leela001 wrote:Herein, monks, in whatsoever company
the monks listen not to those discourses made by poets,
tricked out with fair sounding phrases, discourses external
to Dhamma uttered by their followers, when they are recited:
where they lend not a ready ear to them, apply not to them
a mind bent on understanding, consider not that those
teachings are something to be learned by heart
and mastered; But to those uttered by the Tathagata,
discourses deep and deep in meaning, transcendental,
dealing with the Void – when such are recited
they listen thereto, lend a ready ear to them, apply
to them a mind bent on understanding
and consider that those teachings are something
to be learned by heart and mastered,
- and having mastered that teaching question each
other about it, open up discussion thus:
” What is this? What is the meaning of this?”
-when such open up the unrevealed,
explain the unexplained and dispel doubts on
divers doubtful points of doctrine
Woodward, F.L., MA, The Book of Gradual Sayings (Anguttara-Nikaya)
Vol. I, The Pali Text Society, Lancaster, 2006, p.68-69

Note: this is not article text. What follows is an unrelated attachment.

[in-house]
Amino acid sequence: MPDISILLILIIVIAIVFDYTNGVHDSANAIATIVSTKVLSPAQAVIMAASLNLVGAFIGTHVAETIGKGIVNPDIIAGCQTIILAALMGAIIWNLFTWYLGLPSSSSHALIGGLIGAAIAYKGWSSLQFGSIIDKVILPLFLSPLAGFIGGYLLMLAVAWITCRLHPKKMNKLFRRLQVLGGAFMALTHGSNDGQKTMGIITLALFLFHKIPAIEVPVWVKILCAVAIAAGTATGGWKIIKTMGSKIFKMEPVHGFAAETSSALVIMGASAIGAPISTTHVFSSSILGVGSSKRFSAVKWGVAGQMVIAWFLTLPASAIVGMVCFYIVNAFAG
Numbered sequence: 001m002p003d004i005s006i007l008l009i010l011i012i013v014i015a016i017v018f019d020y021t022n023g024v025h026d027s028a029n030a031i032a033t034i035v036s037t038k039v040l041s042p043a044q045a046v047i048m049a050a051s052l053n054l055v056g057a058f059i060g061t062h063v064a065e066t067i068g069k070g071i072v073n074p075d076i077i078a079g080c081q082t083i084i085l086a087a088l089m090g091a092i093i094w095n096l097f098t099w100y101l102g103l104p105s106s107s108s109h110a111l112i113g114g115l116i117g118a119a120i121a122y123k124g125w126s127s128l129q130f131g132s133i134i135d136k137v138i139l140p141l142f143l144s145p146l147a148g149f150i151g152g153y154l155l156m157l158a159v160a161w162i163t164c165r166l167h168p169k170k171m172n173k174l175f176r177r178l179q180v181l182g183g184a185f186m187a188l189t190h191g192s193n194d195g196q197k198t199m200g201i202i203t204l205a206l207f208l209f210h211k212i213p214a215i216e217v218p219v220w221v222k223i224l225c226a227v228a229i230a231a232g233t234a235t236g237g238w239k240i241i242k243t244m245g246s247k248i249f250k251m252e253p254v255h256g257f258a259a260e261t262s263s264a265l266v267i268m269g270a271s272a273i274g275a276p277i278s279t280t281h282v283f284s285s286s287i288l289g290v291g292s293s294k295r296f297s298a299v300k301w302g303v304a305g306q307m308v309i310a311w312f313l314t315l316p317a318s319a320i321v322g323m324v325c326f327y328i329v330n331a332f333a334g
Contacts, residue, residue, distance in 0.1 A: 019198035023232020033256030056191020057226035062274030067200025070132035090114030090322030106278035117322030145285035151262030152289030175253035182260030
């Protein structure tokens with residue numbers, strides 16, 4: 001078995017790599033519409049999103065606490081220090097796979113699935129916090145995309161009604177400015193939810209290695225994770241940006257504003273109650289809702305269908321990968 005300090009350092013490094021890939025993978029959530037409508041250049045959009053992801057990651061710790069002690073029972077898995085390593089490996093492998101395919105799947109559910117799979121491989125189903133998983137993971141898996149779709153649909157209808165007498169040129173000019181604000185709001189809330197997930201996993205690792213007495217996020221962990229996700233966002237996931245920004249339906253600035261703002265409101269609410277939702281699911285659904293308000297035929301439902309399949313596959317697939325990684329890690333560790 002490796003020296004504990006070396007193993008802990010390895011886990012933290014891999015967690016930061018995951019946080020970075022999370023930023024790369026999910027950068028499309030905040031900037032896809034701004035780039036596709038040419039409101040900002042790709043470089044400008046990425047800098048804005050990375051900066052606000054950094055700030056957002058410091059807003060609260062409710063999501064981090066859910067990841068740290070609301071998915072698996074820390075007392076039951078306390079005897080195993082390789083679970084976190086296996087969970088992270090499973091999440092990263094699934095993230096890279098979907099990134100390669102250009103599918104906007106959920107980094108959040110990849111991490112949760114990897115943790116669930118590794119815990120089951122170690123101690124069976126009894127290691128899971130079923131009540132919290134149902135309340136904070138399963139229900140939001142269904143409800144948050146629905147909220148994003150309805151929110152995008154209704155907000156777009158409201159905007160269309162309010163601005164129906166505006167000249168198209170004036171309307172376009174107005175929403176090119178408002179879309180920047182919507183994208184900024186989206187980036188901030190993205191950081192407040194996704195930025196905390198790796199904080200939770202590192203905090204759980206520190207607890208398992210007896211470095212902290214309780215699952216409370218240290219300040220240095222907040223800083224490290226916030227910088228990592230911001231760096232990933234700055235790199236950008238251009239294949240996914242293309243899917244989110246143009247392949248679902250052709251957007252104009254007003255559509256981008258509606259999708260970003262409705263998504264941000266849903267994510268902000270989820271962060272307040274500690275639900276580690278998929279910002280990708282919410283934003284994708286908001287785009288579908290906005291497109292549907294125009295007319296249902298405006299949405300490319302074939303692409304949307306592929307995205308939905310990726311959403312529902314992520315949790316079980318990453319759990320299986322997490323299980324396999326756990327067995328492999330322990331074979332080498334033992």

Anyone have heard about this sutta? Most Buddhist now a day are listening to their Ajahns who have so various opinion about dhamma,don't study much Buddha's words.
I think there are many wonderful Ajahns today whose teachings are fully in accord with the Buddhadhamma and who do a great job of helping people understand and implement the Dhamma in their lives.
I'm BIG TIME grateful that we have many wonderful Ajahns. I was born in Thailand, was a baby carried by my mother to Wat. Trust me I'm a real buddhist. How about one more sutta, hopefully will bring to the point. Sorry if I'm too blunt. Thank you
“Bhikkhus, once in the past the Dasarahas had a kettle drum called the Summoner (Anaka). When the Summoner became cracked, the Dasarahas inserted another peg. Eventually the time came when the Summoner’s original drumhead had disappeared and only a collection of pegs remained.
So too, bhikkhus, the same thing will happen with the bhikkhus in the future. When those discourses spoken by the Tathagata that are deep, deep in meaning, supramundane, dealing with emptiness, are being recited, they will not be eager to listen to them, nor lend an ear to them, nor apply their minds to understand them; and will not think those teachings should be studied and mastered. But when those discourses that are mere poetry, beautiful in words and phrases, created by outsiders, spoken by [their] disciples, are being recited, they will be eager to listen, will lend an ear to them, will apply their minds to understand them ; and they will think those teachings should be studied and mastered
In this way, bhikkhus, those discourses spoken by the Tathagata that are deep, deep in meaning, supramundane, dealing with emptiness, will disappear.
Bodhi Bhikkhu, The Connected Discourses of the Buddha: A New Translation of the Samyutta Nikaya, Vol I, Wisdom Publications, Boston, 2000, p.708-709